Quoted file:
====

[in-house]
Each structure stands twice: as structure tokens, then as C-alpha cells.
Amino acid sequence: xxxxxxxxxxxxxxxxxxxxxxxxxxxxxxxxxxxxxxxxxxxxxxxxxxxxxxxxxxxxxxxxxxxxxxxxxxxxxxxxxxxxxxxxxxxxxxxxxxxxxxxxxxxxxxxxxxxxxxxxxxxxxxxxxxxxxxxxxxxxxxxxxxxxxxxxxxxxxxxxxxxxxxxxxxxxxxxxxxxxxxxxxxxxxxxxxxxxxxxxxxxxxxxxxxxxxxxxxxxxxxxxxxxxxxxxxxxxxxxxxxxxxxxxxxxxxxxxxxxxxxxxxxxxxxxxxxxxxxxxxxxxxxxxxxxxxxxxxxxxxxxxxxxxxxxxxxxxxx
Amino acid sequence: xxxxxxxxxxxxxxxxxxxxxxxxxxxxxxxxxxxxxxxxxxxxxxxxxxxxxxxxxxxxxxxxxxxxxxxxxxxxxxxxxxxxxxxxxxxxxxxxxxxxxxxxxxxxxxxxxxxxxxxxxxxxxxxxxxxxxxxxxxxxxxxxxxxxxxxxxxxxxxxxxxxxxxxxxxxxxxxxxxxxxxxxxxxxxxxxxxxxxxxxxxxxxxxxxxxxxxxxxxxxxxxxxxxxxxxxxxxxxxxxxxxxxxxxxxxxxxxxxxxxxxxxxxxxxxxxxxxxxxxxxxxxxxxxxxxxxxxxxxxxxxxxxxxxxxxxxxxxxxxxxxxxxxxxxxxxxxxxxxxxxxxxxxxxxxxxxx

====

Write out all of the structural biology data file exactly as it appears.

[in-house]
Each structure stands twice: as structure tokens, then as C-alpha cells.
Amino acid sequence: xxxxxxxxxxxxxxxxxxxxxxxxxxxxxxxxxxxxxxxxxxxxxxxxxxxxxxxxxxxxxxxxxxxxxxxxxxxxxxxxxxxxxxxxxxxxxxxxxxxxxxxxxxxxxxxxxxxxxxxxxxxxxxxxxxxxxxxxxxxxxxxxxxxxxxxxxxxxxxxxxxxxxxxxxxxxxxxxxxxxxxxxxxxxxxxxxxxxxxxxxxxxxxxxxxxxxxxxxxxxxxxxxxxxxxxxxxxxxxxxxxxxxxxxxxxxxxxxxxxxxxxxxxxxxxxxxxxxxxxxxxxxxxxxxxxxxxxxxxxxxxxxxxxxxxxxxxxxxx
Amino acid sequence: xxxxxxxxxxxxxxxxxxxxxxxxxxxxxxxxxxxxxxxxxxxxxxxxxxxxxxxxxxxxxxxxxxxxxxxxxxxxxxxxxxxxxxxxxxxxxxxxxxxxxxxxxxxxxxxxxxxxxxxxxxxxxxxxxxxxxxxxxxxxxxxxxxxxxxxxxxxxxxxxxxxxxxxxxxxxxxxxxxxxxxxxxxxxxxxxxxxxxxxxxxxxxxxxxxxxxxxxxxxxxxxxxxxxxxxxxxxxxxxxxxxxxxxxxxxxxxxxxxxxxxxxxxxxxxxxxxxxxxxxxxxxxxxxxxxxxxxxxxxxxxxxxxxxxxxxxxxxxxxxxxxxxxxxxxxxxxxxxxxxxxxxxxxxxxxxxx